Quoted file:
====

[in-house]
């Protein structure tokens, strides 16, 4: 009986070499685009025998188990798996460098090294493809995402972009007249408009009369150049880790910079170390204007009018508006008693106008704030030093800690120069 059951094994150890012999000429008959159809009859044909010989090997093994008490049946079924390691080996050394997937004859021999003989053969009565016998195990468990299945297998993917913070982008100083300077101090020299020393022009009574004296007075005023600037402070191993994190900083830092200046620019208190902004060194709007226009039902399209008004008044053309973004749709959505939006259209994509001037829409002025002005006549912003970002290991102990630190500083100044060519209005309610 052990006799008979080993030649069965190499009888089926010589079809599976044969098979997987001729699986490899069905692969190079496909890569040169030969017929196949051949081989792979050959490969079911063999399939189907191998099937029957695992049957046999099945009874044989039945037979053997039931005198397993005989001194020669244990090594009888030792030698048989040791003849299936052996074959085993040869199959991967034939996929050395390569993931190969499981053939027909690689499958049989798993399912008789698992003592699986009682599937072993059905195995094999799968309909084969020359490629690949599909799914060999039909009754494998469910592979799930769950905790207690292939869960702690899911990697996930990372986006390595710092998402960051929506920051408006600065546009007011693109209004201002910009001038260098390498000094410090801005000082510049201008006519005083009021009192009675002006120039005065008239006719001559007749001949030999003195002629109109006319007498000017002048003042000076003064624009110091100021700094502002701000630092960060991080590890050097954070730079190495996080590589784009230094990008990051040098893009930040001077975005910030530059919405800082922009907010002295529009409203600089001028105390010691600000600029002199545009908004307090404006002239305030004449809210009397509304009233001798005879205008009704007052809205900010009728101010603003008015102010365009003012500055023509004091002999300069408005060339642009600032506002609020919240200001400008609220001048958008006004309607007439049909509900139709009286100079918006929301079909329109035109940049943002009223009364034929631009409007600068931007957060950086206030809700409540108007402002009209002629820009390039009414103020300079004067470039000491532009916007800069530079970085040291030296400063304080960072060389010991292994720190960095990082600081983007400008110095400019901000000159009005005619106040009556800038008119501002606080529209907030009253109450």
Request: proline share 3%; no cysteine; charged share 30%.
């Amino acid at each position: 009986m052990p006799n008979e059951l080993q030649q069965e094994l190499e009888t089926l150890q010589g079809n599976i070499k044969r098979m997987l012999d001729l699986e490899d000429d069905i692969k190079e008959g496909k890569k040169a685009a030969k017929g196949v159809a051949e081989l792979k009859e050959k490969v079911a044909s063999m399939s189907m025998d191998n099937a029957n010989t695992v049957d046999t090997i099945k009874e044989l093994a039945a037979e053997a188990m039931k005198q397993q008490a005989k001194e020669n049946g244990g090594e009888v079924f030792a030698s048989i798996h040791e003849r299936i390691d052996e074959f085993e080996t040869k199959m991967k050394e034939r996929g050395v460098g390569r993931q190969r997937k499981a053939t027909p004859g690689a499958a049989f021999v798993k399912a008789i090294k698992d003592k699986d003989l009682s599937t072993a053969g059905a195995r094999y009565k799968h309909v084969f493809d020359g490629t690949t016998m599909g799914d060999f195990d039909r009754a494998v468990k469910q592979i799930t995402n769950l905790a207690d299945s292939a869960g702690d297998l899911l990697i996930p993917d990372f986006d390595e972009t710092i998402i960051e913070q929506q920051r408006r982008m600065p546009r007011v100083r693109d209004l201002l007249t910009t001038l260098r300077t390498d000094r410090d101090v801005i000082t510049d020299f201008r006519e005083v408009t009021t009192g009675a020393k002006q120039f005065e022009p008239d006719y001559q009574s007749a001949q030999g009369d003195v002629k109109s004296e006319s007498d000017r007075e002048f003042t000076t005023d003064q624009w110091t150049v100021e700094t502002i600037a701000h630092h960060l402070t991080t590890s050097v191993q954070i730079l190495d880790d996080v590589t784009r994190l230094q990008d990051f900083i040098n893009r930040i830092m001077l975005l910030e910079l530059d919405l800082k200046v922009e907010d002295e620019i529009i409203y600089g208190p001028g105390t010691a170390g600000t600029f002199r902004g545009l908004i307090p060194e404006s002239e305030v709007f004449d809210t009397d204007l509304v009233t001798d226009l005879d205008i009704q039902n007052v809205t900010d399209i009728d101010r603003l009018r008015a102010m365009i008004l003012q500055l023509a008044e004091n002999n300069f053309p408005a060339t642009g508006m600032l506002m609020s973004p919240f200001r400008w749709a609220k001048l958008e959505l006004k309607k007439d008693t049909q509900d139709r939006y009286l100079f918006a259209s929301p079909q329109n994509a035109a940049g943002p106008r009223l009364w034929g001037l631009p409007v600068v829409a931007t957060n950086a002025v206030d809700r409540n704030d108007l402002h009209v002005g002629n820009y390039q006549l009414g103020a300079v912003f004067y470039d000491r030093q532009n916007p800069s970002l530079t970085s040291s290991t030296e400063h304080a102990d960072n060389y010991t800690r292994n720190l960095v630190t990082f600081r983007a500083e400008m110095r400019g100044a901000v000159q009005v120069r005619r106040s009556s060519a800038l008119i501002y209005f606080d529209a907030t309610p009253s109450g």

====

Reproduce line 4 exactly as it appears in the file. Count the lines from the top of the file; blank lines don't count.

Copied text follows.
């Amino acid at each position: 009986m052990p006799n008979e059951l080993q030649q069965e094994l190499e009888t089926l150890q010589g079809n599976i070499k044969r098979m997987l012999d001729l699986e490899d000429d069905i692969k190079e008959g496909k890569k040169a685009a030969k017929g196949v159809a051949e081989l792979k009859e050959k490969v079911a044909s063999m399939s189907m025998d191998n099937a029957n010989t695992v049957d046999t090997i099945k009874e044989l093994a039945a037979e053997a188990m039931k005198q397993q008490a005989k001194e020669n049946g244990g090594e009888v079924f030792a030698s048989i798996h040791e003849r299936i390691d052996e074959f085993e080996t040869k199959m991967k050394e034939r996929g050395v460098g390569r993931q190969r997937k499981a053939t027909p004859g690689a499958a049989f021999v798993k399912a008789i090294k698992d003592k699986d003989l009682s599937t072993a053969g059905a195995r094999y009565k799968h309909v084969f493809d020359g490629t690949t016998m599909g799914d060999f195990d039909r009754a494998v468990k469910q592979i799930t995402n769950l905790a207690d299945s292939a869960g702690d297998l899911l990697i996930p993917d990372f986006d390595e972009t710092i998402i960051e913070q929506q920051r408006r982008m600065p546009r007011v100083r693109d209004l201002l007249t910009t001038l260098r300077t390498d000094r410090d101090v801005i000082t510049d020299f201008r006519e005083v408009t009021t009192g009675a020393k002006q120039f005065e022009p008239d006719y001559q009574s007749a001949q030999g009369d003195v002629k109109s004296e006319s007498d000017r007075e002048f003042t000076t005023d003064q624009w110091t150049v100021e700094t502002i600037a701000h630092h960060l402070t991080t590890s050097v191993q954070i730079l190495d880790d996080v590589t784009r994190l230094q990008d990051f900083i040098n893009r930040i830092m001077l975005l910030e910079l530059d919405l800082k200046v922009e907010d002295e620019i529009i409203y600089g208190p001028g105390t010691a170390g600000t600029f002199r902004g545009l908004i307090p060194e404006s002239e305030v709007f004449d809210t009397d204007l509304v009233t001798d226009l005879d205008i009704q039902n007052v809205t900010d399209i009728d101010r603003l009018r008015a102010m365009i008004l003012q500055l023509a008044e004091n002999n300069f053309p408005a060339t642009g508006m600032l506002m609020s973004p919240f200001r400008w749709a609220k001048l958008e959505l006004k309607k007439d008693t049909q509900d139709r939006y009286l100079f918006a259209s929301p079909q329109n994509a035109a940049g943002p106008r009223l009364w034929g001037l631009p409007v600068v829409a931007t957060n950086a002025v206030d809700r409540n704030d108007l402002h009209v002005g002629n820009y390039q006549l009414g103020a300079v912003f004067y470039d000491r030093q532009n916007p800069s970002l530079t970085s040291s290991t030296e400063h304080a102990d960072n060389y010991t800690r292994n720190l960095v630190t990082f600081r983007a500083e400008m110095r400019g100044a901000v000159q009005v120069r005619r106040s009556s060519a800038l008119i501002y209005f606080d529209a907030t309610p009253s109450g």